My heart sank when I began to look through this preschool curriculum. It would not have been a good fit with our family in our preschool years. It seems more suited to someone running a preschool program than for an individual family.
A lot of our early learning was interest-based. Thus, when the girls were interested in a topic (say, insects), we’d go to the library and check out a stack of picture books. We talked about math concepts in the course of a day (setting the table, counting blocks and half-blocks while walking to the park). We read aloud together and acted out stories. They told me stories and I wrote them down. This informal approach, with lots of time for play, does not seem to have done our girls any harm. They each learned to read when ready (Eldest at 7, Middlest at 3, and Youngest at 9), and all are now avid readers. They have had an eclectic education, picking up an astonishing variety of facts about the world we live in, and all this with a relatively unstructured academic format, until about age 10 for each of them.
This program is very structured. There are assessments and forms, exercises and activities with step-by-step directions for teachers to follow. There’s some good advice here: Children are individuals. Teachers are individuals. Movement and music help children to learn and remember concepts. There are cute songs with catchy tunes (our girls didn’t care for the music, actually, a little too syncopated for their taste, but then we raised them on folk and classical music rather than the rock music we grew up with), games, and colorful workbook pages.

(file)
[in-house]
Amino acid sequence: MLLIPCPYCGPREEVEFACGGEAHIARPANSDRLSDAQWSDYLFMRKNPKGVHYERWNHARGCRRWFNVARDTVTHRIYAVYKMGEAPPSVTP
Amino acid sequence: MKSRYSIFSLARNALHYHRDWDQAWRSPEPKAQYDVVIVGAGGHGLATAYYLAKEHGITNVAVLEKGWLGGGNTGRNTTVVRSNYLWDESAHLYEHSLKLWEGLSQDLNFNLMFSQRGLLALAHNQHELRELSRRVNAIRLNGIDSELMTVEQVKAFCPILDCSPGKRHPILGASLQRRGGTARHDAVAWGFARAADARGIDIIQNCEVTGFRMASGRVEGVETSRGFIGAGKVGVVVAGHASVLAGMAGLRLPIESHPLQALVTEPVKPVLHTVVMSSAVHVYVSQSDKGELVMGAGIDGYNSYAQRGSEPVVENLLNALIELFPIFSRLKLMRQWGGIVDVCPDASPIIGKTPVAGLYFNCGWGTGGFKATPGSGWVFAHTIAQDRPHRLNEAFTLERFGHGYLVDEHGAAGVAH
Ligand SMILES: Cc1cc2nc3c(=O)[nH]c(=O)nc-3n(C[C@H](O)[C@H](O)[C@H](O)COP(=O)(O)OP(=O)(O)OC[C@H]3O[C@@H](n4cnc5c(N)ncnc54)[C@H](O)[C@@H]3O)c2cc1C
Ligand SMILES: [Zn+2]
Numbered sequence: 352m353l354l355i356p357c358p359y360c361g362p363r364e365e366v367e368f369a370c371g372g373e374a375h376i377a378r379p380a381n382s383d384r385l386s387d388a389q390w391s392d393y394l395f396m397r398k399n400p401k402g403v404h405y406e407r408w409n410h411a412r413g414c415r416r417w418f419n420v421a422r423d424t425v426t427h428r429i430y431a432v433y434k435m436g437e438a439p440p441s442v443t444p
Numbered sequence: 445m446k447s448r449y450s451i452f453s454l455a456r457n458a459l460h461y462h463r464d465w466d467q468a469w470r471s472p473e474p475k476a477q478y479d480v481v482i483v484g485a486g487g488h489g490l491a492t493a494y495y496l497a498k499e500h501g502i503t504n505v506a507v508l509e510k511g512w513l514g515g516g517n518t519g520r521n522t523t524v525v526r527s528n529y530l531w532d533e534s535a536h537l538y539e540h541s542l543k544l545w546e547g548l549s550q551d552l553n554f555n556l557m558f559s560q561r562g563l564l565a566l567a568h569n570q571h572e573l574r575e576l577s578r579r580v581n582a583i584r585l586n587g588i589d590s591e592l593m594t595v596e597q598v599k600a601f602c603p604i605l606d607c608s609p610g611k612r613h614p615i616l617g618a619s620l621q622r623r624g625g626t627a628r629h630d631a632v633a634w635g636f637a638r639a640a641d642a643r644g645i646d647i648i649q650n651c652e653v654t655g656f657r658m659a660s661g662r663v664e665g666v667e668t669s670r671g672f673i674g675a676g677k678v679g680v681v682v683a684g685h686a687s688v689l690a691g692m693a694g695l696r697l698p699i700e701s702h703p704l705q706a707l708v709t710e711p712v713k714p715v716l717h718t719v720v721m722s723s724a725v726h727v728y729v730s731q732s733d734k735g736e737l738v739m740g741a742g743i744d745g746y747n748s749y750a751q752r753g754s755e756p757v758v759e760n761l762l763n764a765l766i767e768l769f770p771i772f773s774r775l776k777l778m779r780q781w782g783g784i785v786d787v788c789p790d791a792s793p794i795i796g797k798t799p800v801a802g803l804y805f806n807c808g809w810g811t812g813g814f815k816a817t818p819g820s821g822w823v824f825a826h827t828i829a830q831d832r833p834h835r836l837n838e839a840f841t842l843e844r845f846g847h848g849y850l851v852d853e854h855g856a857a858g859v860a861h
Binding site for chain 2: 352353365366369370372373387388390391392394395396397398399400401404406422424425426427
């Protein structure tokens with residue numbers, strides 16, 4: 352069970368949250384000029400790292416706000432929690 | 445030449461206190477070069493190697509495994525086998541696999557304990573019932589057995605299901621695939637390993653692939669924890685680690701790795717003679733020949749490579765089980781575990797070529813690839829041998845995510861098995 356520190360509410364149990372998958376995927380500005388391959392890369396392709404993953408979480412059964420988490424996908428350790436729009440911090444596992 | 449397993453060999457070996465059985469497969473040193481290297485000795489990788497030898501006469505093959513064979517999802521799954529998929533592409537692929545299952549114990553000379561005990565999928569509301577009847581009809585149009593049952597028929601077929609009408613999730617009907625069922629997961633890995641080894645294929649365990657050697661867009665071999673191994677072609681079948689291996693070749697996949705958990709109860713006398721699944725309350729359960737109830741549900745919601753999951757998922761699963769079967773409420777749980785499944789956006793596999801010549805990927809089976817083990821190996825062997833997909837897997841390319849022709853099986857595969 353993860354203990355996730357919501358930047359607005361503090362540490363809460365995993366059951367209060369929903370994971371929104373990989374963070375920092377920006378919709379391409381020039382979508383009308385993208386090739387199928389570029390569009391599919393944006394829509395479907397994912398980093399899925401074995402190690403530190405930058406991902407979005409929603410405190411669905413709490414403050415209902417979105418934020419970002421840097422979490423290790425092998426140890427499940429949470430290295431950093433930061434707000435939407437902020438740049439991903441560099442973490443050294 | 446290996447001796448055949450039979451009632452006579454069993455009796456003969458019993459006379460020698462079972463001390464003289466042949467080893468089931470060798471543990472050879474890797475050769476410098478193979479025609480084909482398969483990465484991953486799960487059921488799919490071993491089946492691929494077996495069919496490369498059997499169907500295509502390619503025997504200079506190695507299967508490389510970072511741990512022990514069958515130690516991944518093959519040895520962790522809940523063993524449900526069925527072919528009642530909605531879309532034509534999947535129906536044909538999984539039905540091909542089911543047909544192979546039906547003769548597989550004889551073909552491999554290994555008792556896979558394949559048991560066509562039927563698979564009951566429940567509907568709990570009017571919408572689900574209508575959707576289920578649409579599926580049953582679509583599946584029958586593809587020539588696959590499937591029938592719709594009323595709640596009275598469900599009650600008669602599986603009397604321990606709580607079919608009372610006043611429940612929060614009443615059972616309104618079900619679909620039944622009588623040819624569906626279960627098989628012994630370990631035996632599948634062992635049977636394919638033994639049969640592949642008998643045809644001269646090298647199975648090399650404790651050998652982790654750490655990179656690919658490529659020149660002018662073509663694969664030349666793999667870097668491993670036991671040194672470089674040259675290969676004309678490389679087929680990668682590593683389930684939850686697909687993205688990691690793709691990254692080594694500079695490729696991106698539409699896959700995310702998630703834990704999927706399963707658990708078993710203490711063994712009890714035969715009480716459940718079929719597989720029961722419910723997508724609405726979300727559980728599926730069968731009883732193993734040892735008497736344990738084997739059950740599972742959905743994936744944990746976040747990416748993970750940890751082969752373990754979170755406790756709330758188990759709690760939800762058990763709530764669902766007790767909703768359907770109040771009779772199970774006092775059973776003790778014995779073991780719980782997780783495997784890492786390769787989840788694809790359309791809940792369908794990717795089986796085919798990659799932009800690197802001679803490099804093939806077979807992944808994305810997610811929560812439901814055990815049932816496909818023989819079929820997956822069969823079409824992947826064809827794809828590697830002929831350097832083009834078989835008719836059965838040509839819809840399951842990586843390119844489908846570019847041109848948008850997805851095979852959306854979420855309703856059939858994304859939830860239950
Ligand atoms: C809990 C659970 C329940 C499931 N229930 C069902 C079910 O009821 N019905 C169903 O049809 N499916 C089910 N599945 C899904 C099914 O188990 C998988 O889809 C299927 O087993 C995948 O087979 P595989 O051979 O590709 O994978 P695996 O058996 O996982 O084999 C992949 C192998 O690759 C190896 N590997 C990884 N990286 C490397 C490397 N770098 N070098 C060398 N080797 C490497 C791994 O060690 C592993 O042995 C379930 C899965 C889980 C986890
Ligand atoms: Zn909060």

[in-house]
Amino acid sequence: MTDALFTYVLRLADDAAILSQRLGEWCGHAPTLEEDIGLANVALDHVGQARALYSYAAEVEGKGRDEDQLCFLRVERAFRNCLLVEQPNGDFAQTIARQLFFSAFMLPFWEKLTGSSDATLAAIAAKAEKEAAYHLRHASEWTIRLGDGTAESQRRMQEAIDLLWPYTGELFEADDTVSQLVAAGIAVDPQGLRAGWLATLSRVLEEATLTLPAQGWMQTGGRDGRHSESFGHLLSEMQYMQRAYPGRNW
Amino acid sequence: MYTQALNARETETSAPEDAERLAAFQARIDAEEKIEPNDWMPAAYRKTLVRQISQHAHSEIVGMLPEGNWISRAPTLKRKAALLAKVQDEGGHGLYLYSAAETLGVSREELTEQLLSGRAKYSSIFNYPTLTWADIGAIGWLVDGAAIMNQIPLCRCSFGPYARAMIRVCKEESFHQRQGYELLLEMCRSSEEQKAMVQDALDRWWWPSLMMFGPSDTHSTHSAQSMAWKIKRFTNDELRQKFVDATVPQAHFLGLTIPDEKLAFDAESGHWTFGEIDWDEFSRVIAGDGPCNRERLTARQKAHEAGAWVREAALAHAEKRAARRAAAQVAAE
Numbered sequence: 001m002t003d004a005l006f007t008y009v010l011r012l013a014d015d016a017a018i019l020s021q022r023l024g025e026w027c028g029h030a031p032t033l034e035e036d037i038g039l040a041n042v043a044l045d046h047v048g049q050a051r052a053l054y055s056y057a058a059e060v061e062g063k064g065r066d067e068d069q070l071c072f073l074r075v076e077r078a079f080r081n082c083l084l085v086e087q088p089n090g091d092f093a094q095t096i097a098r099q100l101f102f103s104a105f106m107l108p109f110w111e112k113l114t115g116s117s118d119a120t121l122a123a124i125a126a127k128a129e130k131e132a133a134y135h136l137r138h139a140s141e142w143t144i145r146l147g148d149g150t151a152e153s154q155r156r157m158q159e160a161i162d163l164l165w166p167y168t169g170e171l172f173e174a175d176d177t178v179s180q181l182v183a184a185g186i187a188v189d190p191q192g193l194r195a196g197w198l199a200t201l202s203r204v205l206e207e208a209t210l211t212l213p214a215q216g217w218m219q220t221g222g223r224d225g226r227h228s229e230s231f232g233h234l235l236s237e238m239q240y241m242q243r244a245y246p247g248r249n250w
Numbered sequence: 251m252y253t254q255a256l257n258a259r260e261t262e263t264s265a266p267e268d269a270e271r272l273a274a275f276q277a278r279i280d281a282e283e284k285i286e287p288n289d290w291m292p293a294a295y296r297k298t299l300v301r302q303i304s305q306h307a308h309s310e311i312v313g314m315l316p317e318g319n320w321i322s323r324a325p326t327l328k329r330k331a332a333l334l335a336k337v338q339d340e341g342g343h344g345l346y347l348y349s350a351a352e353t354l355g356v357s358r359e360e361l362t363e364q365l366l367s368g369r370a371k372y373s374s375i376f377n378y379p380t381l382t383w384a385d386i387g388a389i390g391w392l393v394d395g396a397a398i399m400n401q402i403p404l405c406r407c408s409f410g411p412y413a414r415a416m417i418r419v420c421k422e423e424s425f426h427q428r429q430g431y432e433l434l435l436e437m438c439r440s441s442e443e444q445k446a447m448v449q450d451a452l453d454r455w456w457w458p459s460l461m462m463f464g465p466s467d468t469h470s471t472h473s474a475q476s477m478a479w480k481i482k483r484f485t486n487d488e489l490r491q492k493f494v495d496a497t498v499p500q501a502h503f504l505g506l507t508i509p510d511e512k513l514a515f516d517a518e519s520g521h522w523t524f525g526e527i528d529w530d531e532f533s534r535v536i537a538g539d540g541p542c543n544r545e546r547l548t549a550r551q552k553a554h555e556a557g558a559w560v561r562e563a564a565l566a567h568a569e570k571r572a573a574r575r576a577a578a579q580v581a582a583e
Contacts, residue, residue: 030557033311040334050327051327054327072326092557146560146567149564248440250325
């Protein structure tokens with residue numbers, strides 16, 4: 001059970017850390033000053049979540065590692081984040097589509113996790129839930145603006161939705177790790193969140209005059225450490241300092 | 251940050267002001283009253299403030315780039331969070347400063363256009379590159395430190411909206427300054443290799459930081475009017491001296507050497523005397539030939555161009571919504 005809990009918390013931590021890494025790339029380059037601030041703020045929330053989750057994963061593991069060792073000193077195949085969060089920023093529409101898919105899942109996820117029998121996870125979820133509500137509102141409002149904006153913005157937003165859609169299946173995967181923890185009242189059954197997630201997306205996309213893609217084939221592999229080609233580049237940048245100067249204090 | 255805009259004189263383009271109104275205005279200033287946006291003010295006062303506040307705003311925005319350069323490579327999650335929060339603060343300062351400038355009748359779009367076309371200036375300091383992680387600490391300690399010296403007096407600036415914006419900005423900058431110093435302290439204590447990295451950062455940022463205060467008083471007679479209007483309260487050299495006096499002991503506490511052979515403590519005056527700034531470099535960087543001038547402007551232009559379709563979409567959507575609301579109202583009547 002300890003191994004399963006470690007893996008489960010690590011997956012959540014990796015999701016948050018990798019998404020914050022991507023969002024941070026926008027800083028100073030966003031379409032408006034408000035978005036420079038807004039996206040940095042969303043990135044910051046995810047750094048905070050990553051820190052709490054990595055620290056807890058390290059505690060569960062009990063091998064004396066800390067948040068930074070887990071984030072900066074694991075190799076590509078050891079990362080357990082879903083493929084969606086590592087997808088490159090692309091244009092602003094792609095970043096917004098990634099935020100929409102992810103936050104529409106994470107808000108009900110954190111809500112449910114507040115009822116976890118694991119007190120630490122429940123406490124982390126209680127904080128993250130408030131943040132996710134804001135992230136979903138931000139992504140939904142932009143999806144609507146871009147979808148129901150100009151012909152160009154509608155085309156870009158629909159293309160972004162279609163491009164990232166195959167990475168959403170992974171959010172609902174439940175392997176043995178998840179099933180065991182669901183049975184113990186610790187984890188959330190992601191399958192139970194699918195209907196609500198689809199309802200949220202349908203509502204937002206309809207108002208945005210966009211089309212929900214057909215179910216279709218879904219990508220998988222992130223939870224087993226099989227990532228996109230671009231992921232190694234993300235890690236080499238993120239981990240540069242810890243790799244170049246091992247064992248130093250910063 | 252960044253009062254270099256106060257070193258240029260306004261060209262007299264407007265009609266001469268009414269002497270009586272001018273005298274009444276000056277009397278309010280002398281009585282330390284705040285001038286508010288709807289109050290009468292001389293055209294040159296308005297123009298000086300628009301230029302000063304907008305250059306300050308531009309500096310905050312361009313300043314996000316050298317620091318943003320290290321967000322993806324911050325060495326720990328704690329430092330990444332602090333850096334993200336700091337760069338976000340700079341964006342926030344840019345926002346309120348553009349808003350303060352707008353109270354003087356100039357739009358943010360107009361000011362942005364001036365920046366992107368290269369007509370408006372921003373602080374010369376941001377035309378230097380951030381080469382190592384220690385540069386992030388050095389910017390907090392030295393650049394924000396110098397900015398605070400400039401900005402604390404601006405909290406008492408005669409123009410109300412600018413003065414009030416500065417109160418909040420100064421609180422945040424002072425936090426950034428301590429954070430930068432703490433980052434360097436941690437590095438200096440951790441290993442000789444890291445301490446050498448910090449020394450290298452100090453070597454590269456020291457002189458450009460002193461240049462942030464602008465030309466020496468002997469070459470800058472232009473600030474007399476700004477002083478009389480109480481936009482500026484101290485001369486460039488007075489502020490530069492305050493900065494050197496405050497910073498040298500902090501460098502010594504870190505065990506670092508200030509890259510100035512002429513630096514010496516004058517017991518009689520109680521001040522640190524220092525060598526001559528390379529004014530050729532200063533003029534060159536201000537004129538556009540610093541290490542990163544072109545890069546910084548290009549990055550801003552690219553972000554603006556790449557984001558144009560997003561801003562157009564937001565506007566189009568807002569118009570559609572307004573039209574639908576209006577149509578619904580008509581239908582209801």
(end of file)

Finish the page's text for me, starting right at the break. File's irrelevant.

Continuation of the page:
The curriculum is designed in monthly thematic units: transportation, color, weather, “About Me,” “A Healthy Life,” Animals, “People in Our Community,” “Traditions in our Country,” and “The World Around Us.” Lessons are designed based on the latest research. Teacher lesson plans are provided for literacy, math, and science. Thus your students will be learning in Month 1 about lines, letters and sounds, counting, numbers, wheels and axles. Each month is available in downloadable form for $30, or in print form for $55.
If you need structure for your peace of mind, or if you’re teaching a number of preschoolers together, this might be a good program for you. The program is carefully thought out and attractively put together. However, I have a hard time enthusiastically recommending this curriculum for the homeschool. When Middlest and Youngest were little, I was heavily influenced by the writings of Ruth Beechick and Dr. Raymond and Dorothy Moore. Their writings advocated delaying formal academics, and I have to say that our girls have not suffered from this approach.
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Disclaimer: Members of the TOS Crew were given a free Month 1 download with all the files for the Transportation unit from Ideal Curriculum. No monetary compensation was involved. Opinions reflect our family’s experiences.